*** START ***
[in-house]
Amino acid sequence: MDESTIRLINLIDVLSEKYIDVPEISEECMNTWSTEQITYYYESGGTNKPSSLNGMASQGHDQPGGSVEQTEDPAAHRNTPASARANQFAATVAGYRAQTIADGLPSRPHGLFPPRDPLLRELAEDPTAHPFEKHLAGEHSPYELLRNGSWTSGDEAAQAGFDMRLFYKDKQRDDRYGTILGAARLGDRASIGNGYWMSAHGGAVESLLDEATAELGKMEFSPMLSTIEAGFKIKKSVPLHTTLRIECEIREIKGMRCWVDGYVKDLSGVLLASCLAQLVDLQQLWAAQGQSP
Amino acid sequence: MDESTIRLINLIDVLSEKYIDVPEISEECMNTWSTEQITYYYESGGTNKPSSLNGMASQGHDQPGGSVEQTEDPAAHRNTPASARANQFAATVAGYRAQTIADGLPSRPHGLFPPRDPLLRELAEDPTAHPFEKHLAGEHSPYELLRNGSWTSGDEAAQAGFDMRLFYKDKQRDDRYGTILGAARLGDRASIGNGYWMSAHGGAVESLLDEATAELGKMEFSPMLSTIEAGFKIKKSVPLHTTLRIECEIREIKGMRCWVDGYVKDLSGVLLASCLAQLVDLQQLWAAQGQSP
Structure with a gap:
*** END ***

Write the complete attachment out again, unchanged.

[in-house]
Amino acid sequence: MDESTIRLINLIDVLSEKYIDVPEISEECMNTWSTEQITYYYESGGTNKPSSLNGMASQGHDQPGGSVEQTEDPAAHRNTPASARANQFAATVAGYRAQTIADGLPSRPHGLFPPRDPLLRELAEDPTAHPFEKHLAGEHSPYELLRNGSWTSGDEAAQAGFDMRLFYKDKQRDDRYGTILGAARLGDRASIGNGYWMSAHGGAVESLLDEATAELGKMEFSPMLSTIEAGFKIKKSVPLHTTLRIECEIREIKGMRCWVDGYVKDLSGVLLASCLAQLVDLQQLWAAQGQSP
Amino acid sequence: MDESTIRLINLIDVLSEKYIDVPEISEECMNTWSTEQITYYYESGGTNKPSSLNGMASQGHDQPGGSVEQTEDPAAHRNTPASARANQFAATVAGYRAQTIADGLPSRPHGLFPPRDPLLRELAEDPTAHPFEKHLAGEHSPYELLRNGSWTSGDEAAQAGFDMRLFYKDKQRDDRYGTILGAARLGDRASIGNGYWMSAHGGAVESLLDEATAELGKMEFSPMLSTIEAGFKIKKSVPLHTTLRIECEIREIKGMRCWVDGYVKDLSGVLLASCLAQLVDLQQLWAAQGQSP
Structure with a gap: